The minor in the instant case was charged with violating the Illinois Controlled Substances Act because he allegedly sold a controlled substance at a gas station located within 1,000 feet of a school. The Juvenile Court Act provides that, when a minor commits an offense under section 401 of the Illinois Controlled Substances Act while "on a public way" within 1,000 feet of a school, the minor will be subject to criminal prosecution. (705 ILCS 405/5-4(7)(a) (West 1994).) Therefore, we must determine whether a gas station is a "public way." Our supreme court tells us that a "public way" is a "public highway." ( Mammina v. Alexander Auto Service Co. (1928), 333 Ill. 158, 167, 164 N.E. 173 ("the term 'public highway' includes public ways of every description ***"); see also Black's Law Dictionary 1233 (6th ed. 1990) (the entry under "public way" states, "See Highway (Public Highway)".) Our supreme court defines "public highway" as a "passageway, road or street which every citizen has a right to use," and states, "the fundamental idea of a highway is that it is a place for uninterrupted passage by men, animals or vehicles." ( Mammina, 333 Ill. at 167.) Moreover, in interpreting the definition of "highway" under the Illinois Vehicle Code, this court has focused on whether the alleged highway is publicly maintained. ( People v. Culbertson (1994), 258 Ill. App. 3d 294, 296-97, 196 Ill. Dec. 554, 630 N.E.2d 489; 625 ILCS 5/1-126 (West 1994).) Because a privately owned gas station is not a passageway, road, or street, nor maintained by the public, I conclude that a gas station is not a "public way."

The majority ignores the plain meaning of the clear and unambiguous language of the Juvenile Court Act and erroneously expands the scope of the provision at issue. The majority applies case law which interprets the broader language of the aggravated battery provision to the less inclusive language of the Juvenile Court Act. The majority cites People v. Pugh (1987), 162 Ill. App. 3d 1030, 114 Ill. Dec. 241, 516 N.E.2d 396, People v. Williams (1987), 161 Ill. App. 3d 613, 113 Ill. Dec. 457, 515 N.E.2d 266, and People v. Ward (1981), 95 Ill. App. 3d 283, 50 Ill. Dec. 791, 419 N.E.2d 1240, to support its interpretation. However, the courts in these cases construed the meaning of "public way, public property or public place of accommodation or amusement." I agree that a privately maintained parking lot, for purposes of the aggravated battery statute, is properly considered a "public place of accommodation." ( People v. Lee (1987), 158 Ill. App. 3d 1032, 1036, 111 Ill. Dec. 188, 512 N.E.2d 92; but see People v. Pennington (1988), 172 Ill. App. 3d 641, 644-45, 122 Ill. Dec. 704, 527 N.E.2d 76 (erroneously citing Lee for the proposition that a parking lot is a "public way").) However, in the present case, this court is asked to interpret the language of the Juvenile Court Act, not the more expansive language of the aggravated battery statute. Thus, the task before us is only to interpret the meaning of "public way," for the legislature limited the Juvenile Court Act to this term (705 ILCS 405/5-4(7)(a) (West 1994)). Our task is not to determine whether a gas station is a "public way, public property or public place of accommodation or amusement," as the majority does by analogizing this case to cases involving aggravated battery. (Emphasis added.) 720 ILCS 5/12-4(b)(8) (West 1994) (the aggravated battery statute). In addition, the majority's method of statutory construction violates the maxim "inclusio unius est exclusio alterius " that the mention of one thing implies the exclusion of another. (See Rochelle Disposal Service, Inc. v. Pollution Control Board (1994), 266 Ill. App. 3d 192, 201, 203 Ill. Dec. 429, 639 N.E.2d 988 ("the inclusion of one is the exclusion of the other"); Bank of Waukegan v. Kischer (1993), 246 Ill. App. 3d 616, 620, 186 Ill. Dec. 434, 616 N.E.2d 624.) The legislature was aware of the broader language in the aggravated battery statute, yet chose to use less inclusive language in the Juvenile Court Act. Our legislature specifically excluded the terms "public property," "public place of accommodation," and "public amusement" from the Juvenile Court Act. This court should not insert words into an enactment ( Auto Owners Insurance v. Berkshire (1992), 225 Ill. App. 3d 695, 698, 167 Ill. Dec. 1100, 588 N.E.2d 1230) and should, instead, enforce the clear terms of the Juvenile Court Act as written ( Illinois Graphics Co., 159 Ill. 2d at 479).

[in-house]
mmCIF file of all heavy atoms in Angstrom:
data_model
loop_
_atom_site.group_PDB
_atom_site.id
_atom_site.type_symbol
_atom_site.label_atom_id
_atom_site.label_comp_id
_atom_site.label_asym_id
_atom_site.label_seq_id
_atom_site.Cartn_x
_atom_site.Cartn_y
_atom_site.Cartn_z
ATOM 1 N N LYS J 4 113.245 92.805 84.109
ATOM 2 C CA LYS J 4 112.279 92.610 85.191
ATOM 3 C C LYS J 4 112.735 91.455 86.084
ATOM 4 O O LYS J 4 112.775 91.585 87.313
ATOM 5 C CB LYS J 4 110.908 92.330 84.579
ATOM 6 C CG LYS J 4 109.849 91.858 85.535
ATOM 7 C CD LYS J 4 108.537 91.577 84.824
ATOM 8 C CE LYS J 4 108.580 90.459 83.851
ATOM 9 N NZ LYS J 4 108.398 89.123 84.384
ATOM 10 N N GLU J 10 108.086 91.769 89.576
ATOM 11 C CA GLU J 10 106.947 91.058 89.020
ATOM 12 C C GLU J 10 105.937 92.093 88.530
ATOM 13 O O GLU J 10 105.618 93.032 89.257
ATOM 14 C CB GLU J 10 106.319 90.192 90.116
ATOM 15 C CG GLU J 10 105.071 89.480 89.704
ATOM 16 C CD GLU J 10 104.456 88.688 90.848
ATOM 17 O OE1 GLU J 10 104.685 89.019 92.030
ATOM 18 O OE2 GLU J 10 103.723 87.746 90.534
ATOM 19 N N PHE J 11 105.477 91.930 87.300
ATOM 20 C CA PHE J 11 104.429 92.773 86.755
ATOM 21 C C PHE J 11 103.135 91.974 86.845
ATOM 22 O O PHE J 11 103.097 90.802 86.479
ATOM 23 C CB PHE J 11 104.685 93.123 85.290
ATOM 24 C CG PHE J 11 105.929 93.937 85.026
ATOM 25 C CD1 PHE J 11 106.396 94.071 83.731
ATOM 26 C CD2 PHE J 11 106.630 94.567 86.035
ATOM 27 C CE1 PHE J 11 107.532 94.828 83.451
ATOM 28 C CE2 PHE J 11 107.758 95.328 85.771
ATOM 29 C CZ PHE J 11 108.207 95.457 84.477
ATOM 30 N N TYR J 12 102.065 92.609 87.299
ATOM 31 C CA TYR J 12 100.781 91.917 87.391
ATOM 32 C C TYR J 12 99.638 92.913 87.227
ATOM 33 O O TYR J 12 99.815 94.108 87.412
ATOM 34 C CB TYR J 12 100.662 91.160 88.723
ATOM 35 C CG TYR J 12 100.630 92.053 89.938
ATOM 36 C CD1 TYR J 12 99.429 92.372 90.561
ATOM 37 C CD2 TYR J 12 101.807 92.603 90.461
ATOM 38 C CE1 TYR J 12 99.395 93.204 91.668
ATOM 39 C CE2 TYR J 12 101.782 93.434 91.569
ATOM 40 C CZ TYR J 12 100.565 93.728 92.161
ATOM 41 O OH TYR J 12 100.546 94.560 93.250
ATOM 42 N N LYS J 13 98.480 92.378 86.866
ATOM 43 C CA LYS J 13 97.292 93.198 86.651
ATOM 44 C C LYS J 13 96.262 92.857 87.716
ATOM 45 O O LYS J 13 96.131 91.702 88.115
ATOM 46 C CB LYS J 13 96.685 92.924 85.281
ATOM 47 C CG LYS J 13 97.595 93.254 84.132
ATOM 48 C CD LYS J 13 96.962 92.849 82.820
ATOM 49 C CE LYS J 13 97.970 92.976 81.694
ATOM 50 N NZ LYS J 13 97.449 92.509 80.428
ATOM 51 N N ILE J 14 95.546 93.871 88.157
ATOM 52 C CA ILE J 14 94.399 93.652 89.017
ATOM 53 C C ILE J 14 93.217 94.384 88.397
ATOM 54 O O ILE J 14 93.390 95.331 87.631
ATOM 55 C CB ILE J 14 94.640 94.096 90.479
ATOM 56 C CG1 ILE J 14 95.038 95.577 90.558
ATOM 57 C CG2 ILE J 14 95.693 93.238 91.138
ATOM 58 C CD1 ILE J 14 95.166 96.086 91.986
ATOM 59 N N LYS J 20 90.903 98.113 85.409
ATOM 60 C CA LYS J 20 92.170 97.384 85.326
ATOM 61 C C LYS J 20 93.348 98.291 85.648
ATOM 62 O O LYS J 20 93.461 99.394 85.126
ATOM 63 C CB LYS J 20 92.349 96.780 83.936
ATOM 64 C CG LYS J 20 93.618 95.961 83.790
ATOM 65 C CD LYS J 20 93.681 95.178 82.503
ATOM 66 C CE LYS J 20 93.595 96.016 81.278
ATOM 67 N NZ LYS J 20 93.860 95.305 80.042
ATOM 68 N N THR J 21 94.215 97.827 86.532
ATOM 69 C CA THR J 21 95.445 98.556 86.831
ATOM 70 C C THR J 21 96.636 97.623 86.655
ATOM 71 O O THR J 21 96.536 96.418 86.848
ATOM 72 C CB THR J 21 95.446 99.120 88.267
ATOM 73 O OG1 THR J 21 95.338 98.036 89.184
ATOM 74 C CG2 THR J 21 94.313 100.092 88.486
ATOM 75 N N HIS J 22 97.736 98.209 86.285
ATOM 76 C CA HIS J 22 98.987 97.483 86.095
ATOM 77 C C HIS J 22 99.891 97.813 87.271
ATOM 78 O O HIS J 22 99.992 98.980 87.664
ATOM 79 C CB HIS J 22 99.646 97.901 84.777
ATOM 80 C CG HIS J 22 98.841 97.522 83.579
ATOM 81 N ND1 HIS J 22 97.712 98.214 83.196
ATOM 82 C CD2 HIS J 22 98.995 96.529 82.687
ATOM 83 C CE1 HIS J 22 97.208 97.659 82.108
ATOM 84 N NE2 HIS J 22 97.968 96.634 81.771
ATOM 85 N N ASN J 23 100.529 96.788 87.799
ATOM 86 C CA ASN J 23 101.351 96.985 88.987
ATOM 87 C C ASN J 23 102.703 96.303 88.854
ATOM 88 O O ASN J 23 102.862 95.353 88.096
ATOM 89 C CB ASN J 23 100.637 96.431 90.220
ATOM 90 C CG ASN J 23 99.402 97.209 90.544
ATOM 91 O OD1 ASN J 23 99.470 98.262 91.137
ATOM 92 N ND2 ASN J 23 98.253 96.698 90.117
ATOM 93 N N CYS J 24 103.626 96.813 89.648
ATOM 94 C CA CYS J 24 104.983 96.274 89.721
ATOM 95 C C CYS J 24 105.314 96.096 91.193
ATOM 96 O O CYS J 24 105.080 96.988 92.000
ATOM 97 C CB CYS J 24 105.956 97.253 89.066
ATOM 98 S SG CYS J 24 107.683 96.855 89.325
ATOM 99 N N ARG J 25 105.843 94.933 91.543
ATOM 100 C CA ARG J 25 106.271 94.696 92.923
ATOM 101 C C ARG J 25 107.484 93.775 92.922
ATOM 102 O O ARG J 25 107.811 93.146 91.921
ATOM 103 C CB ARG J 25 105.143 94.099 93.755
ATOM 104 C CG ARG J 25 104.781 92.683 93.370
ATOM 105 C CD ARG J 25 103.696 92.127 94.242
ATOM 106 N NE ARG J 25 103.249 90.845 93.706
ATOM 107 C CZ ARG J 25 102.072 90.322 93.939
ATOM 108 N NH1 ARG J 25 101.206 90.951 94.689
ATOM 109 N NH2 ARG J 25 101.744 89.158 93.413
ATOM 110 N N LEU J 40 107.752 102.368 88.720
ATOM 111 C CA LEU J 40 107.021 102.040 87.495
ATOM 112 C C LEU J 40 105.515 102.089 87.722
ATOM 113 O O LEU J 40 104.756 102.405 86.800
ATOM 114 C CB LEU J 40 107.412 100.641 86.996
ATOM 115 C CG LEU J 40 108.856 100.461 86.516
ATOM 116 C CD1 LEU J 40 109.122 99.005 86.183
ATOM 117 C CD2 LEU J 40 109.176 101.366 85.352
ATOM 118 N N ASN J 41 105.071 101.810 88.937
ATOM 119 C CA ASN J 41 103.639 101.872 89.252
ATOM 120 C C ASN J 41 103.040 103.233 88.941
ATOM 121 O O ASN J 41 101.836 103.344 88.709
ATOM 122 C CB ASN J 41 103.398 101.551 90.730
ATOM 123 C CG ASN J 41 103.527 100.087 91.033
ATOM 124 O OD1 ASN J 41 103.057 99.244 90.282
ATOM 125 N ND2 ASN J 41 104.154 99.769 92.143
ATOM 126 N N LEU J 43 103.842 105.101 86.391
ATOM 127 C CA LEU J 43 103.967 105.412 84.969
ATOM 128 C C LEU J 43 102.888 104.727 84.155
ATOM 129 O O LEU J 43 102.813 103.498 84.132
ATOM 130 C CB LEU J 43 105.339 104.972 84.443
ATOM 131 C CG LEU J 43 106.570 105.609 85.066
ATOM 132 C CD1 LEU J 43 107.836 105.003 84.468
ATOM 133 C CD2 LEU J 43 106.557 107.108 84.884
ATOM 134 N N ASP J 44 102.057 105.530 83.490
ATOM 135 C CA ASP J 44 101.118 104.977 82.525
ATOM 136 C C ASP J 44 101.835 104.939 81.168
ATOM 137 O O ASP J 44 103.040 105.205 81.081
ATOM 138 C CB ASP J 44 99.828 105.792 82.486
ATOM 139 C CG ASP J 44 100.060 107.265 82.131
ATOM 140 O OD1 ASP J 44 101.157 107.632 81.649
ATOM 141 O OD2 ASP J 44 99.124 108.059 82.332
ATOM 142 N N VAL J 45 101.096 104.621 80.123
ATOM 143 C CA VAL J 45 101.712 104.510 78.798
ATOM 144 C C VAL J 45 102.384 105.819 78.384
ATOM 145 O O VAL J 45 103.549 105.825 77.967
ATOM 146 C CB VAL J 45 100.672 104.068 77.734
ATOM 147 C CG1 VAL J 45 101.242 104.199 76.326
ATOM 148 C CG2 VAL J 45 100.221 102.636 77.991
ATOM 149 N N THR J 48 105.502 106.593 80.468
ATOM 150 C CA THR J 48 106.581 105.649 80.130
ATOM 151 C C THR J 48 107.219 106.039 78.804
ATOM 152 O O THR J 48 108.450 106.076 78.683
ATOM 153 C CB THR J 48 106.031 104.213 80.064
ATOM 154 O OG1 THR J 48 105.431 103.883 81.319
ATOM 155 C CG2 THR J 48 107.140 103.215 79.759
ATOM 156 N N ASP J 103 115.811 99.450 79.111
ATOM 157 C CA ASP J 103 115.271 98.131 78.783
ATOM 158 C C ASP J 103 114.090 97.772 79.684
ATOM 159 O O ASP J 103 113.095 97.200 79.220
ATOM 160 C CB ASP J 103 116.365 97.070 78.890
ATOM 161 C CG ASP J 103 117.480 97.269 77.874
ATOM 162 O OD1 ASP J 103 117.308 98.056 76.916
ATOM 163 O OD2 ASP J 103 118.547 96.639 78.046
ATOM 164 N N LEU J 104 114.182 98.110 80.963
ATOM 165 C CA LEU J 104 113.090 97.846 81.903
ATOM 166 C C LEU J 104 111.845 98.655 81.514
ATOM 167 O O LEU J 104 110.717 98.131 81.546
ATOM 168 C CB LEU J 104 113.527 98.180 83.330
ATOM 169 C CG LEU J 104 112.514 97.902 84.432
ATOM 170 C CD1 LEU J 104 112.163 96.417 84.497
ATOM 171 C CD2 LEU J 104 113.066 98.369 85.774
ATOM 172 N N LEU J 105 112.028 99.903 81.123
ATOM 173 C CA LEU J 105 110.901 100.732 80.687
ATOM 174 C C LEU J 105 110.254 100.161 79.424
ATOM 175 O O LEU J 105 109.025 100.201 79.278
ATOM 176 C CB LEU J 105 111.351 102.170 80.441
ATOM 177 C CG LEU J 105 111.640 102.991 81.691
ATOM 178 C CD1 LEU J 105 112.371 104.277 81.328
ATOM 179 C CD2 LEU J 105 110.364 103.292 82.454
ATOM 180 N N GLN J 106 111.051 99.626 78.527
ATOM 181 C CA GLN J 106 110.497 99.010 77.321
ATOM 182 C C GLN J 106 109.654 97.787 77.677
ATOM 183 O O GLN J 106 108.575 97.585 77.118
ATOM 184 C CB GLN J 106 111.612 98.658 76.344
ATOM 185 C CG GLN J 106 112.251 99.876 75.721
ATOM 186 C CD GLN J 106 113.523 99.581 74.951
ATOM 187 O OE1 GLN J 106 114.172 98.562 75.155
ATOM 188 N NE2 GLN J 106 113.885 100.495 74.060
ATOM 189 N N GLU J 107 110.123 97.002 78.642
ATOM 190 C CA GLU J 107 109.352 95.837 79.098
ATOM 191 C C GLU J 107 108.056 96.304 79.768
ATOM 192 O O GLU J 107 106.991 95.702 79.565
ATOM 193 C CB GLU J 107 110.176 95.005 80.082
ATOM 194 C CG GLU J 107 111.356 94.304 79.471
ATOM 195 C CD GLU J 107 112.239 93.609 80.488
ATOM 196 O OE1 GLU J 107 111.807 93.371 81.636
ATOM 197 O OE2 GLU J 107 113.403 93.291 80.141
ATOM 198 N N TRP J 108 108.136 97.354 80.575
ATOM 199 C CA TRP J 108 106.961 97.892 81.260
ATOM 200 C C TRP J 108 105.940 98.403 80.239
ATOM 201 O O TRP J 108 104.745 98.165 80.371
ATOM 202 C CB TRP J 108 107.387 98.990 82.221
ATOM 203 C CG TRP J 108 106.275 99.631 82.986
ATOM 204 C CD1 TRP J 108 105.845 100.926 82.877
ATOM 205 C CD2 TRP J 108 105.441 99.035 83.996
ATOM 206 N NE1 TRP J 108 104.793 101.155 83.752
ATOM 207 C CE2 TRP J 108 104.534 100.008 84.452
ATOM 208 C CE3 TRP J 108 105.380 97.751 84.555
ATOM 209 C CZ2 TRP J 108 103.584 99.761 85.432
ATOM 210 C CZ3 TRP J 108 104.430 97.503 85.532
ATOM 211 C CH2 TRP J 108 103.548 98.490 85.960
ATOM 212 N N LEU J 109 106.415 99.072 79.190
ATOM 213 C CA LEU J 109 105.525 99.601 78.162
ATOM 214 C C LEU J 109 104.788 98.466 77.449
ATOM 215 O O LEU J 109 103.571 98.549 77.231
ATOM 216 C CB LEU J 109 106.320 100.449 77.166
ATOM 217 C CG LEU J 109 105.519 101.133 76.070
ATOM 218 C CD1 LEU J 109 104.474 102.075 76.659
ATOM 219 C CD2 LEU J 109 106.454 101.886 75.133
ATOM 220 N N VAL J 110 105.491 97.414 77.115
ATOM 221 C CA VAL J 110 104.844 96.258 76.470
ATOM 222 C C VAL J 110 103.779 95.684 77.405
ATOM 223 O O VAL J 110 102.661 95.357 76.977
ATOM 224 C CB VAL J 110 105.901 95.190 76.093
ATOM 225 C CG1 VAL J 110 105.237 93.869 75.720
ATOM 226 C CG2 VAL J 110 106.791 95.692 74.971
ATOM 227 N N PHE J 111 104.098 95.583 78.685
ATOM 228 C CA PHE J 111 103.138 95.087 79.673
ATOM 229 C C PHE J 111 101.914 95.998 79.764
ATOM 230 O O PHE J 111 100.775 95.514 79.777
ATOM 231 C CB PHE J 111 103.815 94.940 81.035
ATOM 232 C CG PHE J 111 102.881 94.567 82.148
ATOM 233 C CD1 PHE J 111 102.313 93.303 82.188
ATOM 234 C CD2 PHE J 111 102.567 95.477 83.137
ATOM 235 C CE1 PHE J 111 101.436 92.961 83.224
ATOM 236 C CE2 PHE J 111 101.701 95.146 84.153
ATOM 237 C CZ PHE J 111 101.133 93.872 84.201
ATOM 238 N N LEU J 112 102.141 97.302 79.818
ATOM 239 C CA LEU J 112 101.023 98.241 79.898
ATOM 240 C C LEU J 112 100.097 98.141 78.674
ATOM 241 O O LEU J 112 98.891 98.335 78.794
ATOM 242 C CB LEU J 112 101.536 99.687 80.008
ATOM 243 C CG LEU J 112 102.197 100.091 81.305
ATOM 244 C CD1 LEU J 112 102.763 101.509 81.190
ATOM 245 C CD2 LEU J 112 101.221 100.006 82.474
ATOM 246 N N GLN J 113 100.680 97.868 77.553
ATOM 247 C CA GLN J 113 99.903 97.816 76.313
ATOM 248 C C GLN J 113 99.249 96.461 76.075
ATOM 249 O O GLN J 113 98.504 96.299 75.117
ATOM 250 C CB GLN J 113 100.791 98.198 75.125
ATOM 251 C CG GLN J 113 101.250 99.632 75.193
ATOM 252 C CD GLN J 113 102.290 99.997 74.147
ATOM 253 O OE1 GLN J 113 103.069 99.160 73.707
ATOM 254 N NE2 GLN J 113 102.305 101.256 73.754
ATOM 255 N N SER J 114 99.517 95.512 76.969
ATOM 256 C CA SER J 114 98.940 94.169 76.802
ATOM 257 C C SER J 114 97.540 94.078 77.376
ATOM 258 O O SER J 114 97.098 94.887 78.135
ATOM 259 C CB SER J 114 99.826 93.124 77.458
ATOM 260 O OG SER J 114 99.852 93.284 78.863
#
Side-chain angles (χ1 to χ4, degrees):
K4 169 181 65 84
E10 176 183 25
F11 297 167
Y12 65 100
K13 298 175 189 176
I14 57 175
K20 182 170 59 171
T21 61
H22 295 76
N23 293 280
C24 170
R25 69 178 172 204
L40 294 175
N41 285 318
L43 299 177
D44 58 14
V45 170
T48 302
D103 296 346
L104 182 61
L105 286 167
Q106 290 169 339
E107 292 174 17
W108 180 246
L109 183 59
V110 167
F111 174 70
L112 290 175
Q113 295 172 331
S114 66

I can readily accept that the legislature, by using the term "public way," proscribed streets, alleys, roads, parkways, highways, and sidewalks as places where drug trafficking would result in stiffer penalties. If the legislature desired to include public property, public accommodation, or public amusement in the proscription in the Juvenile Court Act, it could easily have inserted these terms. The legislature did not do so. This court may not do so. Therefore, I dissent.

19951102